Campus band's minds, music are lost in space
Ordinary bands are all about music. Dartmouth students Peter Sperger '98, Greg Neichin '99, Danny Gans '98, Eli Ridgway '97, Nick van Amburg '99 and Jonah Blumstein '98, the members of the band Space Station, are fascinated by a different theme -- space.
"We rock," said Blumstein, as he goes on to explain that their style is not defined by any certain type of music, but by their shared interest in space. More precisely space travel and exploration is what drew the band members together. "We love space," he said, and Neichin added, "it is more than just music, we love its unknown quality."
The band members met at a conference where the widow of astronaut Carl Sagan spoke on her late husband's life. After the discussion, Blumstein said, they went to a coffeehouse to delve more deeply into the subject of space. During the conversation, Ridgway, whom the rest of the group described as the "creative loner," spontaneously suggested they get together and play music.
"It seemed like a natural progression to go from space to music," said Blumstein, a drama major. As a result, approximately one and a half months ago, the band started playing together. During their performances, an inflatable spaceship hovers above them.
Van Amberg plays bass. Blumstein, who once was a folk musician and played the keyboard, does vocals and plays the guitar. Ridgway plays the rhythm guitar. Gans plays the guitar and does vocals while Neirich plays the keyboard and Sperger, who said he went to summer camp on Uranus, plays the drums.
The band mostly plays cover songs, which they turn into their own by "adopting," or taking their version as far away from the original as possible and then piecing it back together again, until, Blumstein said, "we have something that's us and not them."
During their performances, they aim to create an atmosphere of space. They want to involve the audience in their music. "We just float around", Neirich said, explaining that they create their own space, their own universe during the show as the audience, perceiving this state, shouts "Zero gravity".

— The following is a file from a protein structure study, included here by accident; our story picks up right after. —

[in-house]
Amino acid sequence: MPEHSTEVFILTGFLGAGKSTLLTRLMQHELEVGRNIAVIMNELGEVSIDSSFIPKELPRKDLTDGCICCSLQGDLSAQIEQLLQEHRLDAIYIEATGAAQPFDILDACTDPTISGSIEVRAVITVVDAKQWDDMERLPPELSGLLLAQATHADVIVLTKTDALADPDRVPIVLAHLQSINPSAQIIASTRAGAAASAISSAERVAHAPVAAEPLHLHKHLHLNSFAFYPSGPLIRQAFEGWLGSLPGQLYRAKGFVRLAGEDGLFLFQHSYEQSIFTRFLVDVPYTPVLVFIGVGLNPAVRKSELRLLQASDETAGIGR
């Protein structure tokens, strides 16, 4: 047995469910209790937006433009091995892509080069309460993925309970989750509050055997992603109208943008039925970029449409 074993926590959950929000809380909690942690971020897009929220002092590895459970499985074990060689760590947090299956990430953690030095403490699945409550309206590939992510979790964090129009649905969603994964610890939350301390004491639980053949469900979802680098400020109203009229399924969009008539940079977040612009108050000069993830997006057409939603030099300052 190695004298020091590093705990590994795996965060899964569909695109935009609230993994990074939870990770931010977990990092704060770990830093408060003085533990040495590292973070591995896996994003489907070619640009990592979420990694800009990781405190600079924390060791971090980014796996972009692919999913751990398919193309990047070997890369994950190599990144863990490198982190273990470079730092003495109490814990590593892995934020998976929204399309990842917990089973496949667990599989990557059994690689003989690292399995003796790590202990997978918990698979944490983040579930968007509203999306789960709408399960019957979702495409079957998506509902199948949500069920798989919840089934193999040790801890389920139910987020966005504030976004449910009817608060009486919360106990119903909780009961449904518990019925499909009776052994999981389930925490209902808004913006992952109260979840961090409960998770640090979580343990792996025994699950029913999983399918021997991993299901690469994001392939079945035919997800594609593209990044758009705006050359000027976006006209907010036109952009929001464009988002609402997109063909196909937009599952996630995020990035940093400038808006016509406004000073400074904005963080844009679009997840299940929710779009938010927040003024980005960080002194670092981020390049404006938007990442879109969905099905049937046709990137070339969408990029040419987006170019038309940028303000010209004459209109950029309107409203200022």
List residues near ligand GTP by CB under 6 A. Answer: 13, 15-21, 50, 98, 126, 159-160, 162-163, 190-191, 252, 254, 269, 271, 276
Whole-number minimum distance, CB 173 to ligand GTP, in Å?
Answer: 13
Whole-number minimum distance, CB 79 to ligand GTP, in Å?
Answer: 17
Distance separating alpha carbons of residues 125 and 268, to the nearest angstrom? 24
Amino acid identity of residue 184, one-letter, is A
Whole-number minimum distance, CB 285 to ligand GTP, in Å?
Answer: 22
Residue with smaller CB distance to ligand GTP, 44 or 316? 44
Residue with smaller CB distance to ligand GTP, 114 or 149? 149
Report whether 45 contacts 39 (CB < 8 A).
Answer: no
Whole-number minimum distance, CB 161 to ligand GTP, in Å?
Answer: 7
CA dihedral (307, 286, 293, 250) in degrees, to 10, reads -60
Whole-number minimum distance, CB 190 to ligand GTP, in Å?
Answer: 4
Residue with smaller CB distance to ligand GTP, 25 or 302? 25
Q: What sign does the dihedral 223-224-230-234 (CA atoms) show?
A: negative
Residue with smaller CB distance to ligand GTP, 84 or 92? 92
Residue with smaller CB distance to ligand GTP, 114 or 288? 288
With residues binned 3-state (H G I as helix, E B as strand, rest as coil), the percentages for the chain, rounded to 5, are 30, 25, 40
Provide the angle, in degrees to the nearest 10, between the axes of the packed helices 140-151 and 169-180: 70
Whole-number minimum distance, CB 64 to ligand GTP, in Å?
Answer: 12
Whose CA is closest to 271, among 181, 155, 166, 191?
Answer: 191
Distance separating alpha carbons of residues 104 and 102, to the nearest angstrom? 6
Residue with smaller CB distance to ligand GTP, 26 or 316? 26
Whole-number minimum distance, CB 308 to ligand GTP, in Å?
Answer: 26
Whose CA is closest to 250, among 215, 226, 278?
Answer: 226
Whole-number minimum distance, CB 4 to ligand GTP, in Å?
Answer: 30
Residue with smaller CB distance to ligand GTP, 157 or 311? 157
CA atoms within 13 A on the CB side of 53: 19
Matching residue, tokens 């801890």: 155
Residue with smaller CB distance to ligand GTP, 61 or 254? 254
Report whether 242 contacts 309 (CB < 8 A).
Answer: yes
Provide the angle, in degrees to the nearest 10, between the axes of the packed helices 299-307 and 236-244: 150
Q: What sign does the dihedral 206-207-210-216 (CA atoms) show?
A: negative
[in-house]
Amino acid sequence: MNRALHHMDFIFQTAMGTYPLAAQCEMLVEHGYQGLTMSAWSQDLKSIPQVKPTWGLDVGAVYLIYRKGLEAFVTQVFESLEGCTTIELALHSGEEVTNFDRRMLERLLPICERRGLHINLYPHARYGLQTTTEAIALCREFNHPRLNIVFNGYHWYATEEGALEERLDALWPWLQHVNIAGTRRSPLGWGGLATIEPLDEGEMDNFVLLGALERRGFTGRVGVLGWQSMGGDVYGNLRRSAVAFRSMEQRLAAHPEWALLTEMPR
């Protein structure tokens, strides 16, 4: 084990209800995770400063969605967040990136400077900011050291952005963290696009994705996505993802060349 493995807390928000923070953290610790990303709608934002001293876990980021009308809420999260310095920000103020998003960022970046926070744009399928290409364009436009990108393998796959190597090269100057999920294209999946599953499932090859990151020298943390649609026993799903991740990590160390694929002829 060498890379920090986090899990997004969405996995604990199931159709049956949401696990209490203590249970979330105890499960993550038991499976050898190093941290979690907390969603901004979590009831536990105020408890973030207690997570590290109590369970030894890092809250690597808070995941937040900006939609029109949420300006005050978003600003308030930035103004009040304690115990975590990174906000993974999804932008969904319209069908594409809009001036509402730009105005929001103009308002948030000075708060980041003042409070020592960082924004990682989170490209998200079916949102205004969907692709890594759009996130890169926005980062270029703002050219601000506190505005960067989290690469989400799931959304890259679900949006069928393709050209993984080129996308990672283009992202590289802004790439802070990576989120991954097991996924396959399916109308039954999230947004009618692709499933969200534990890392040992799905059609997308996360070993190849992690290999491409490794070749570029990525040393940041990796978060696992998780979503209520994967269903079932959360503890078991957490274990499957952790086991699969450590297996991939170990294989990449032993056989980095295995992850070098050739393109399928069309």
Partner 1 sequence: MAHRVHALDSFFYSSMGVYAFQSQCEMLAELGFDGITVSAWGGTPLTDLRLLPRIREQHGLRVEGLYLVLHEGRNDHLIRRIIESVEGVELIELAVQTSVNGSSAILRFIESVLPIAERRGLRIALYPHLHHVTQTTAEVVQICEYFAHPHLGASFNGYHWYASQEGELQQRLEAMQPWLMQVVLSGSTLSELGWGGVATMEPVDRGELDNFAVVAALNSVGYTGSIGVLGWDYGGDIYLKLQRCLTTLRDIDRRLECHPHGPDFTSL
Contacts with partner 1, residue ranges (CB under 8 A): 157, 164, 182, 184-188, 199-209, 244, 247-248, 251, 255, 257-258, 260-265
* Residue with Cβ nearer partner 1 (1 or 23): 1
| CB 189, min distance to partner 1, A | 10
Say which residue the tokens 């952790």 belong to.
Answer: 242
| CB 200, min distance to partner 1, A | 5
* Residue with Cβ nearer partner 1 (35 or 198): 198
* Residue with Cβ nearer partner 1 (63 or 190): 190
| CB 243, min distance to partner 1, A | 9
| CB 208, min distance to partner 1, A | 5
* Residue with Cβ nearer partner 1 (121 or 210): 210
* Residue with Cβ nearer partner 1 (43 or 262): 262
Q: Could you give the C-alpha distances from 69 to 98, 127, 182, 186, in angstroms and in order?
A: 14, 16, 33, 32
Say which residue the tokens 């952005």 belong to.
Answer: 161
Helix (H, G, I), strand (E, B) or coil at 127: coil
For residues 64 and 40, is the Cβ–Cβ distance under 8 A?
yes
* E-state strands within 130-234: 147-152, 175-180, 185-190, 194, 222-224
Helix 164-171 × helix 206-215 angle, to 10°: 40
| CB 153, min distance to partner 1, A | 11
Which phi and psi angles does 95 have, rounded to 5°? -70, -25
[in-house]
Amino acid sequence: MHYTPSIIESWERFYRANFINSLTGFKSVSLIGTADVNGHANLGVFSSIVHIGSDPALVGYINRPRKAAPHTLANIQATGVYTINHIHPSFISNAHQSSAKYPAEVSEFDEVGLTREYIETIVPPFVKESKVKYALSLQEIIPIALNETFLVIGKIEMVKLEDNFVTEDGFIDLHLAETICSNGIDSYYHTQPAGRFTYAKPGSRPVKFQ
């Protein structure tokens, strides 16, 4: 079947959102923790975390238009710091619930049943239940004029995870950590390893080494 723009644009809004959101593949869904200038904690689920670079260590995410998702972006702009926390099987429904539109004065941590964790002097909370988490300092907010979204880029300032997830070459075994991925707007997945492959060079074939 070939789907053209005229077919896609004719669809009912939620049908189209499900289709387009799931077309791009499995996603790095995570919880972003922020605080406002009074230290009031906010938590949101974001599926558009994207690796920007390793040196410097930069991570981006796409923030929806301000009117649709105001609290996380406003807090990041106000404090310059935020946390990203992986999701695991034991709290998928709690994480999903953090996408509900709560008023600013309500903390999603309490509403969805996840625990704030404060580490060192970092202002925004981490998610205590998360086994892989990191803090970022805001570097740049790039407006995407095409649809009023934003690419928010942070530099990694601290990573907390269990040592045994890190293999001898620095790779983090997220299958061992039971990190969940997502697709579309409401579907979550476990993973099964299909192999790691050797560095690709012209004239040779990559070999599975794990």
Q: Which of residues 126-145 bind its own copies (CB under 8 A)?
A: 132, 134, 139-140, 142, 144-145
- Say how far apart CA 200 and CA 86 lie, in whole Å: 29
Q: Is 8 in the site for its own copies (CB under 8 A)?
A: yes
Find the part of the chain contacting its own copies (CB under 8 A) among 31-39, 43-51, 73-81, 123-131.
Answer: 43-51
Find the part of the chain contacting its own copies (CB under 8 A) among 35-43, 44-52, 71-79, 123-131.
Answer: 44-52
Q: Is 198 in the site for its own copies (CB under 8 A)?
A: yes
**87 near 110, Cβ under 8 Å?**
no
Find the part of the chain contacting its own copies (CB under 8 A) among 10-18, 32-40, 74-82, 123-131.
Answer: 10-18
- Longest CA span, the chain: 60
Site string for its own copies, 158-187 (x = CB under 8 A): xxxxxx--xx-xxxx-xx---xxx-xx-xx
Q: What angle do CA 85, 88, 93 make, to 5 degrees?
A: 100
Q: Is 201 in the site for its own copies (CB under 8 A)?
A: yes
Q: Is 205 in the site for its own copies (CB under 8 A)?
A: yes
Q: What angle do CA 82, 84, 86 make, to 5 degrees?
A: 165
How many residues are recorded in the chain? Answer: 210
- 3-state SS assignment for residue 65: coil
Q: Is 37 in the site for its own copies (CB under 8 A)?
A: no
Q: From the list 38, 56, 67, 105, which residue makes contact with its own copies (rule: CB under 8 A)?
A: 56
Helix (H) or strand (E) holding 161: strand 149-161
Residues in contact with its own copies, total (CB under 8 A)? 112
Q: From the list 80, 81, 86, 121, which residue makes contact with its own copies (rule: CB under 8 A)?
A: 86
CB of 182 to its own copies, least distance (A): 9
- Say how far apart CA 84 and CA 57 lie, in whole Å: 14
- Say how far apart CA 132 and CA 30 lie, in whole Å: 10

The band, for them, is the unifying force. It is what "ties it all together.", Blumstein said. They decided to change their former, more high-flying name, Supernova, because they wanted to be more modest.
"Rather than look at us, we want the audience to enter us," he said. He said the band's slightly alternative motto is: "We're about space. We have chutzpah. We don't play instruments. We harness the energy of the galaxy and it oozes from us like dew."
Blumstein explained the group's fascination with space. "There's so much to be found, there's so much out there," he said. "There is no cruelty in space, no discrimination." Neirich described his keyboard as a vehicle to the other world.
Blumstein said the band aims to reawaken public interest in space. He compared their efforts to make their wackier ideas, which he refers to as their "freakishness" and only socially acceptable to P.T. Barnum's introduction of circus characters into society. "We never realized we were out there", he said. "We thought we were intellectual."
The band members transcend boundaries, he said, by occasionally cross-dressing or performing in cow suits. Their heroes, he said, are indeed P.T. Barnum, John F. Kennedy and Neil Armstrong. Armstrong is his inspiration, Gans said. "I'm never going to walk on the moon, so music is the closest I can get."
Space Station's members said its music is not for adults. But Blumstein added, "we want to expand as much as possible in our following, but we don't want to be rock stars. We want to be stars." The songs they play always tell stories about adventure, he said, and cover a wide range of music.
Damon Ferrara'98, president of Space Station's own fan club, described a Space Station show as a "cosmic experience rivaled by very few things in the universe." The fan club, which comprises 112 "cadets," has tailgated parties before every performance, and the band emphasized that everyone is welcome at these parties.
Their next show will be tonight at 11 p.m. at Alpha Chi Alpha fraternity. "The music is fresh, the party is jumping, and the style is hotter than a supernova," said Ferrara. "Space Station keeps the people and the planets in perpetual motion."